To be effective on a given ore slurry, the collectors are chosen based upon their selective wetting of the types of particles to be separated. A good collector will adsorb, physically or chemically, with one of the types of particles. This provides the thermodynamic requirement for the particles to bind to the surface of a bubble. The wetting activity of a surfactant on a particle can be quantified by measuring the contact angles that the liquid/bubble interface makes with it. Another important measure for attachment of bubbles to particles is induction time. The induction time is the time required for the particle and bubble to rupture the thin film separating the particle and bubble. This rupturing is achieved by the surface forces between the particle and bubble.
The mechanisms for the bubble-particle attachment is very complex and consists of three steps, collision, attachment and detachment. The collision is achieved by particles being within the collision tube of a bubble and this is affected by the velocity of the bubble and radius of the bubble. The collision tube corresponds to the region in which a particle will collide with the bubble, with the perimeter of the collision tube corresponding to the grazing trajectory.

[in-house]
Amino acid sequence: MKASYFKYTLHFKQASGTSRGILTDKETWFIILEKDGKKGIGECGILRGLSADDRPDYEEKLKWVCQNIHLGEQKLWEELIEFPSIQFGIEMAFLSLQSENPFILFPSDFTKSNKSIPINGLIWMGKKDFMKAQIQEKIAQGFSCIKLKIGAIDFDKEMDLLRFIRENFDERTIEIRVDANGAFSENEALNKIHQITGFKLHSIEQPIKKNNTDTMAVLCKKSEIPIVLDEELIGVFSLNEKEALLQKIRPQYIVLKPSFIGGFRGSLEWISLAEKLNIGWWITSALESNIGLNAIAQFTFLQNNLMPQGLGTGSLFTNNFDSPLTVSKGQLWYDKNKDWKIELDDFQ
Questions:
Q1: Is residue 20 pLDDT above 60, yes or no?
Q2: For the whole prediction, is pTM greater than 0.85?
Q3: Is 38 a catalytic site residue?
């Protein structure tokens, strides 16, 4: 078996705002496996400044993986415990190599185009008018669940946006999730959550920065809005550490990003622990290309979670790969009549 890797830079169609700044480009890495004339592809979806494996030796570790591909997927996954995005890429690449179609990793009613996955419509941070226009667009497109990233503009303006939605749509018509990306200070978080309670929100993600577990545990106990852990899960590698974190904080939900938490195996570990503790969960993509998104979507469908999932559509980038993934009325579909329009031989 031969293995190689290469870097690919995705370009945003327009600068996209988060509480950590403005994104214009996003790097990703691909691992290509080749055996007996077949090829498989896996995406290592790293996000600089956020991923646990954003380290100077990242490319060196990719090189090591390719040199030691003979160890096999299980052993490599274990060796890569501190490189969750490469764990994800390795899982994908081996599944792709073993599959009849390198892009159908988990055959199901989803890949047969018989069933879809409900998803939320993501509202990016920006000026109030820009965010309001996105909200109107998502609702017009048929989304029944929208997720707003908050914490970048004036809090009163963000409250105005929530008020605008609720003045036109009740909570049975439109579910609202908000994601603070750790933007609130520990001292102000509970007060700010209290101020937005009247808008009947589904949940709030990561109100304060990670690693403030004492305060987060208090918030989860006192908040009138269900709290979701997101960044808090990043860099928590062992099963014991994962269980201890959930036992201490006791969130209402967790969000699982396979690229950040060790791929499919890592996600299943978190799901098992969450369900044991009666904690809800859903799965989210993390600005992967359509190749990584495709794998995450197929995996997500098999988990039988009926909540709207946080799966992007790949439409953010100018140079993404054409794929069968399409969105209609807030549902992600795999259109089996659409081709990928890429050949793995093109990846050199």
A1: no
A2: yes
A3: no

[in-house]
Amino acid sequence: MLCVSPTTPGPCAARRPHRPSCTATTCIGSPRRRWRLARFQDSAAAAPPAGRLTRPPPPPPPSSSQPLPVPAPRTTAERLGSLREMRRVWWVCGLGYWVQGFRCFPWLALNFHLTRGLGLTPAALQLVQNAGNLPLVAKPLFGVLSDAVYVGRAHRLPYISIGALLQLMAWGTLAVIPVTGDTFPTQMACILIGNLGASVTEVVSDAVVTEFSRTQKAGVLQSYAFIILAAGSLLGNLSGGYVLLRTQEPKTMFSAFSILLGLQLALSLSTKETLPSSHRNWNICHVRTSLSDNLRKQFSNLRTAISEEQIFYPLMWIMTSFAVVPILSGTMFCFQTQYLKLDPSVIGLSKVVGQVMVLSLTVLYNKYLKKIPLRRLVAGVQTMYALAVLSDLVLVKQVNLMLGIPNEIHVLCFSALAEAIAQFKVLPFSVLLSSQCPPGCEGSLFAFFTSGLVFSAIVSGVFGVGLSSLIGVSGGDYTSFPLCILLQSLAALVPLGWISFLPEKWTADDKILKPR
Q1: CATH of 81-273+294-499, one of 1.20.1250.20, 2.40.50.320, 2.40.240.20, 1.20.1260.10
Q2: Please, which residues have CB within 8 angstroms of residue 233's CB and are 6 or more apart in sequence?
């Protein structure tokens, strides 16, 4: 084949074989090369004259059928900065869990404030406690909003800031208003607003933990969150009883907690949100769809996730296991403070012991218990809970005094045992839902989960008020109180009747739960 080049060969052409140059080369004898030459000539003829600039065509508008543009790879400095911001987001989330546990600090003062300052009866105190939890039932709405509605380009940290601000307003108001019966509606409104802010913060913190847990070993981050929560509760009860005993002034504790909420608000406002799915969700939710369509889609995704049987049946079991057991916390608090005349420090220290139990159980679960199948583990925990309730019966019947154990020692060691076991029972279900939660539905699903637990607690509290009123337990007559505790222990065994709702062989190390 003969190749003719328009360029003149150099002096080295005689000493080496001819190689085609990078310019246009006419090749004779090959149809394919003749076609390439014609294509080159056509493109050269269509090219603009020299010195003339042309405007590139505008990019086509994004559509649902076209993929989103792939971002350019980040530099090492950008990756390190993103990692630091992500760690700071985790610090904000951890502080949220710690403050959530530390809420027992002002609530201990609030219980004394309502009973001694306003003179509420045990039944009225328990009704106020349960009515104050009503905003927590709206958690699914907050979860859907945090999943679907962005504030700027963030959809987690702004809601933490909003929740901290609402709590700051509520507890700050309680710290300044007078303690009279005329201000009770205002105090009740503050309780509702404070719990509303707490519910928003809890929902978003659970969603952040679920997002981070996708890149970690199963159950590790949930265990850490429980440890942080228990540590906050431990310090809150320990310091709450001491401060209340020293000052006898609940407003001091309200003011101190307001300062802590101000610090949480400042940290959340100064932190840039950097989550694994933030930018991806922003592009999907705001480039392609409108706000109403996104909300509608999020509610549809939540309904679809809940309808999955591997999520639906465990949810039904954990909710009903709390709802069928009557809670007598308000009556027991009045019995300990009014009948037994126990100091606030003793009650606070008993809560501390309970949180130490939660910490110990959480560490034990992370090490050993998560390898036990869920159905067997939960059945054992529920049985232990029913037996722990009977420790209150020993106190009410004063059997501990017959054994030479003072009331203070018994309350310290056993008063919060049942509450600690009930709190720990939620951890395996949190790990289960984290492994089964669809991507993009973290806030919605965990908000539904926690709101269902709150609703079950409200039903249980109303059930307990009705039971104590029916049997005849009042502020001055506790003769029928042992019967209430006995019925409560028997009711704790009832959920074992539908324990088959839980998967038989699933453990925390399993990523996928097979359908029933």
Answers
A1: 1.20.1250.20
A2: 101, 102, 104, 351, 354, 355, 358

The attachment of the particle to the bubble is controlled by the induction time of the particle and bubble. The particle and bubble need to bind and this occurs if the time in which the particle and bubble are in contact with each other is larger than the required induction time. This induction time is affected by the fluid viscosity, particle and bubble size and the forces between the particle and bubbles.
The detachment of a particle and bubble occurs when the force exerted by the surface tension is exceeded by shear forces and gravitational forces. These forces are complex and vary within the cell. High shear will be experienced close to the impeller of a mechanical flotation cell and mostly gravitational force in the collection and cleaning zone of a flotation column.
Significant issues of entrainment of fine particles occurs as these particles experience low collision efficiencies as well as sliming and degradation of the particle surfaces. Coarse particles show a low recovery of the valuable mineral due to the low liberation and high detachment efficiencies.
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